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The Wisconsin History Tour at the Weber Center for the Performing Arts in La Crosse will include special “Salute to Veteran History” events Tuesday.

Those who view the traveling exhibit of local and state history at the center this month also will be able to watch documentaries about Wisconsin veterans in World War II and the Korean and Vietnam wars, as well as a concert of Civil War music performed by the 1st Brigade Band.

The fact that Veterans Day is Tuesday made the tribute to veterans a natural addition to the free tour, said coordinator Mary Jane Connor of the Wisconsin Historical Society.

The documentary about Wisconsinites’ Vietnam service includes Logistics Health Inc. founder and CEO Don Weber, making it even more appropriate, Connor said.

“What a great coincidence,” she said.

Weber, who will introduce the film at its 3 p.m. showing in the center’s Veterans Theater, described the salute as “a tremendous event because it helps us remember the service and sacrifice of past generations, those who served in the Civil War, World War II, Korea, Vietnam, Iraq and more — while at the same time allowing us to honor our military who are still serving.”

Weber, who joined the Marines at the age of 18, shortly after graduating from high school, said, “It was a decision that shaped my life in so many ways. I was a simple farm kid, but I had no direction, and the Marine Corps changed that. The Marine Corps made me a man — someone with goals and perseverance.

“Six months after enlisting on April 6, 1967, I found myself on the DMZ in Vietnam. They called it the ‘Dead Marine Zone,’ because you were either wounded or killed — it was 100 percent.

“One night we were overrun. I don’t know why I survived — so many others didn’t. Those were tough times. Remembering is still tough, even today,” Weber said.

Being featured in the documentary “was both humbling and healing for me,” he said. “It can be really hard to open up about war experiences, and the day of my documentary interview was really the first time I talked about many of my experiences in Vietnam. And I do think it helped me.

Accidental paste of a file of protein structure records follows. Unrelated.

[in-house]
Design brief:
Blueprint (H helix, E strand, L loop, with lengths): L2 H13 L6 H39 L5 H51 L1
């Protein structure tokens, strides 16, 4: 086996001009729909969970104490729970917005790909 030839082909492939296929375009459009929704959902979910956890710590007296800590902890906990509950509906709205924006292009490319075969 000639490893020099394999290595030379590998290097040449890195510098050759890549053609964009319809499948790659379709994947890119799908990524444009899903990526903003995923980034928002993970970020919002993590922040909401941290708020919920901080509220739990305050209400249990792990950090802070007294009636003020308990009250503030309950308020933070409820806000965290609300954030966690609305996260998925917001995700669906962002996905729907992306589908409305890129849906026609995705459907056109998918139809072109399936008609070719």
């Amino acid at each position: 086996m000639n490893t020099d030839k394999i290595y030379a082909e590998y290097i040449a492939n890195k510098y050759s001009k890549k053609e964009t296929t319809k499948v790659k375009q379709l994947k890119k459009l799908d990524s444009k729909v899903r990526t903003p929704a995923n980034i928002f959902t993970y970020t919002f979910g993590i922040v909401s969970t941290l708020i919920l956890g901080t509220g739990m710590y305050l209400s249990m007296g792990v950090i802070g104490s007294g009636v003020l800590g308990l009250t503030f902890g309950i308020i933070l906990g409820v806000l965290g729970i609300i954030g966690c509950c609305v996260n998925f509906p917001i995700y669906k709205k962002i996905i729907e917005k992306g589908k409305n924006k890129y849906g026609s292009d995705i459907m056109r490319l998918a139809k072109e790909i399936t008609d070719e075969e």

“There are still things I’m working through, things I’m not ready to talk about, but it is an honor to be included with so many others who served in Vietnam and are willing to share their stories with the public through this documentary,” Weber said.

War experiences helped form LHI’s dedication to serving the military and veterans, he said, adding, “To me, it’s our civic responsibility. It means supporting our military and veterans as employers, so that when they are called up for active duty, they don’t have to worry about the financial burden or whether their families will be taken care of back home.

“It means hiring our heroes — taking a hard look at the skills they learn while in the service, and realizing how easily that translates to the business world,” he said. “It means providing support for service members who return from battle, ensuring they get the care they need.

“And it means taking care of our aging veterans: their health, their safety, their well-being. In truth, for the people who have made our very way of life possible, it is the least we can do to thank them,” he said.

Activities from 10 a.m. to 5 p.m. Tuesday will include the traveling exhibit, as well as the Wisconsin Veteran Museum’s World War I Traveling Trunk Display and the opportunity to search veteran benefits and records.

Also on the schedule of events, which are, free and open to the public:

  • 10:45 a.m. — Documentary on Wisconsinites’ World War II stories.
  • Noon — “History Sandwiched In,” when attendees are invited to bring a lunch and listen to a presentation by Joseph Streeter, a former Wisconsin Army National Guard staff sergeant and co-author of “Private Soldiers: A Year in Iraq with a Wisconsin National Guard Unit.” A book-signing will follow.
  • 1 p.m. — Documentary on Wisconsin Korean War stories.
  • 3 p.m. — Wisconsin Vietnam War stories documentary.
  • 4:30 p.m. — Documentary titled “The U.S. Wisconsin: The Last Battleship.”
  • 7:30 p.m. — John A. Scocos, secretary of the Wisconsin Department of Veterans Affairs, will outline the history of Wisconsin residents in the U.S. armed forces. The 1st Brigade Band, dressed in period costumes, will present a concert of Civil War music on antique instruments.

The concert will include Union and Confederate pieces and readings from soldiers’ letters.

The overall tour, which began in Wausau in June and continues at the Weber Center through Nov. 26, is a traveling exhibit of state and local history.

“The Wisconsin Historical Society is taking its best and brightest on the road. It’s really about sharing all of the history and reminders of our past,” Connor said.

“We’ve met a lot of people we expected to meet — those interested in history,” she said. “We’ve also seen lighthouse aficionados and people interested in shipwrecks.”

A special event in conjunction with the La Crosse tour will be a cooking workshop titled “Breakfast in a Victorian Kitchen,” to be presented by Susan Caya-Slusser, site coordinator for Villa Louis in Prairie du Chien.

During the workshop, from 10 a.m. to noon Thursday, Caya-Slusser will give adults hands-on lessons to prepare a Victorian breakfast with the foods, utensils and technology of the era.

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Mike Tighe is the Tribune newsroom's senior citizen. That said, he don't get no respect from the cub reporters as he goes about his duly-appointed rounds on the health, religion and whatever-else-lands-in-his-inbox beats. Call him at 608-791-8446.

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